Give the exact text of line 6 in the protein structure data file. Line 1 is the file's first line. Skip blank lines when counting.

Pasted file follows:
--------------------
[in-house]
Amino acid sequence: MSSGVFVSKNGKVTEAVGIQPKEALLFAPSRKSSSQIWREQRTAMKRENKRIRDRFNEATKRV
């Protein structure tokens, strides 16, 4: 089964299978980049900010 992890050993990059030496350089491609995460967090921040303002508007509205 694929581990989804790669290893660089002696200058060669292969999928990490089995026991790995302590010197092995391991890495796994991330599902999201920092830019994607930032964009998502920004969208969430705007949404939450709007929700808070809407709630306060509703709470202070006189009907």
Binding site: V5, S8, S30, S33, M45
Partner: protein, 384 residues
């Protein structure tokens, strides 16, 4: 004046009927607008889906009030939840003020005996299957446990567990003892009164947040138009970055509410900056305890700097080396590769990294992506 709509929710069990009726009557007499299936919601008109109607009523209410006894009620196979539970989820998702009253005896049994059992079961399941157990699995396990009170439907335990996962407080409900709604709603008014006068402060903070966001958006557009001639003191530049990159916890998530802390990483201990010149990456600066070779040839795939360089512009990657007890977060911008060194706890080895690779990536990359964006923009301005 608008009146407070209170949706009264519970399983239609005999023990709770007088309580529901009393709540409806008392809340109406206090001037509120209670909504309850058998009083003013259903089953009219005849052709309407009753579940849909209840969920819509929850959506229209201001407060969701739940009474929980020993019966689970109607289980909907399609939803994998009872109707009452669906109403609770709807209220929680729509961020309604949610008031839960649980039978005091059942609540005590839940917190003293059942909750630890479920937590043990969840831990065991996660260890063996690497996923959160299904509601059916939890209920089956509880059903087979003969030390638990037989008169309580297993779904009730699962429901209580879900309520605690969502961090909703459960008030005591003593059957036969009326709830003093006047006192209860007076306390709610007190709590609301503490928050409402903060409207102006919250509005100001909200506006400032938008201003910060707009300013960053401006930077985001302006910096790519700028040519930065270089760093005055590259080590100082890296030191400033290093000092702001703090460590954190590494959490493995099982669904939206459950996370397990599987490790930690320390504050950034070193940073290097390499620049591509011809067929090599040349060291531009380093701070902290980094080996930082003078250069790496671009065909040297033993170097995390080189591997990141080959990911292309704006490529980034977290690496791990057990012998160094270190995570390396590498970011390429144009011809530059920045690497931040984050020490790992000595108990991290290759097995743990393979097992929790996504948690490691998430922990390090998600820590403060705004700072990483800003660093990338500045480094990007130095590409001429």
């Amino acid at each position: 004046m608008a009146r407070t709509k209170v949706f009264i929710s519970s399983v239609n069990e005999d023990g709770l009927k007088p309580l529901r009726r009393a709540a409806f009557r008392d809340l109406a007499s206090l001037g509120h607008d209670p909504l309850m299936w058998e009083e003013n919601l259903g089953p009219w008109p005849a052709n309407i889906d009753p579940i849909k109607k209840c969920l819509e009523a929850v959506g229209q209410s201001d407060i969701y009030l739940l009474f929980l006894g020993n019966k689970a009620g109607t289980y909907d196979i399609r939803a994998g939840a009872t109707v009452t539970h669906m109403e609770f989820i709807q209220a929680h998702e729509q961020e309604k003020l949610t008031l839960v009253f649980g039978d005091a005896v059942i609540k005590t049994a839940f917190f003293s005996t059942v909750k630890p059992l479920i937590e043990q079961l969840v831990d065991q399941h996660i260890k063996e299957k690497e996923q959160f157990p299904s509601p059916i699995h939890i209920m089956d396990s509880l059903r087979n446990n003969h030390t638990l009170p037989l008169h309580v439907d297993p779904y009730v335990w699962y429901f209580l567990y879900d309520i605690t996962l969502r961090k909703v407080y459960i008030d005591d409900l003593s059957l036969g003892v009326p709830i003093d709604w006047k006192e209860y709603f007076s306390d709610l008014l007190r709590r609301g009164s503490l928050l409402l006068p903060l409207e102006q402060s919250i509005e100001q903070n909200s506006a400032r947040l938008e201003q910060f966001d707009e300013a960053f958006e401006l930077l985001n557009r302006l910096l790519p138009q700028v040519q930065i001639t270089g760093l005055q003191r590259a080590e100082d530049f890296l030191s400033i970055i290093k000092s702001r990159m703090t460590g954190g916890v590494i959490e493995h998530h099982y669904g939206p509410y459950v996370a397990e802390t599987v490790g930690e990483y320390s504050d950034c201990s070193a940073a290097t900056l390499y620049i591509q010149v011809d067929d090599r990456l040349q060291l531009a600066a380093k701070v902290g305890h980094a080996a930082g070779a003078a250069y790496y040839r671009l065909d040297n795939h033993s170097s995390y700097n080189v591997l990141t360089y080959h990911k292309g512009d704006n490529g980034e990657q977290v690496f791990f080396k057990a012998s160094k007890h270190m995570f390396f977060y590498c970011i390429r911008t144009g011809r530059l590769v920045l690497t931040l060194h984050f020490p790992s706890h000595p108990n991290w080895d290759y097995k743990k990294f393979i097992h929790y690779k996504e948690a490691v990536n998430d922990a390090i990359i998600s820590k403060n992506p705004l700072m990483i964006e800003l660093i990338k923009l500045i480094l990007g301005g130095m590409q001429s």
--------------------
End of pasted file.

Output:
């Protein structure tokens, strides 16, 4: 004046009927607008889906009030939840003020005996299957446990567990003892009164947040138009970055509410900056305890700097080396590769990294992506 709509929710069990009726009557007499299936919601008109109607009523209410006894009620196979539970989820998702009253005896049994059992079961399941157990699995396990009170439907335990996962407080409900709604709603008014006068402060903070966001958006557009001639003191530049990159916890998530802390990483201990010149990456600066070779040839795939360089512009990657007890977060911008060194706890080895690779990536990359964006923009301005 608008009146407070209170949706009264519970399983239609005999023990709770007088309580529901009393709540409806008392809340109406206090001037509120209670909504309850058998009083003013259903089953009219005849052709309407009753579940849909209840969920819509929850959506229209201001407060969701739940009474929980020993019966689970109607289980909907399609939803994998009872109707009452669906109403609770709807209220929680729509961020309604949610008031839960649980039978005091059942609540005590839940917190003293059942909750630890479920937590043990969840831990065991996660260890063996690497996923959160299904509601059916939890209920089956509880059903087979003969030390638990037989008169309580297993779904009730699962429901209580879900309520605690969502961090909703459960008030005591003593059957036969009326709830003093006047006192209860007076306390709610007190709590609301503490928050409402903060409207102006919250509005100001909200506006400032938008201003910060707009300013960053401006930077985001302006910096790519700028040519930065270089760093005055590259080590100082890296030191400033290093000092702001703090460590954190590494959490493995099982669904939206459950996370397990599987490790930690320390504050950034070193940073290097390499620049591509011809067929090599040349060291531009380093701070902290980094080996930082003078250069790496671009065909040297033993170097995390080189591997990141080959990911292309704006490529980034977290690496791990057990012998160094270190995570390396590498970011390429144009011809530059920045690497931040984050020490790992000595108990991290290759097995743990393979097992929790996504948690490691998430922990390090998600820590403060705004700072990483800003660093990338500045480094990007130095590409001429």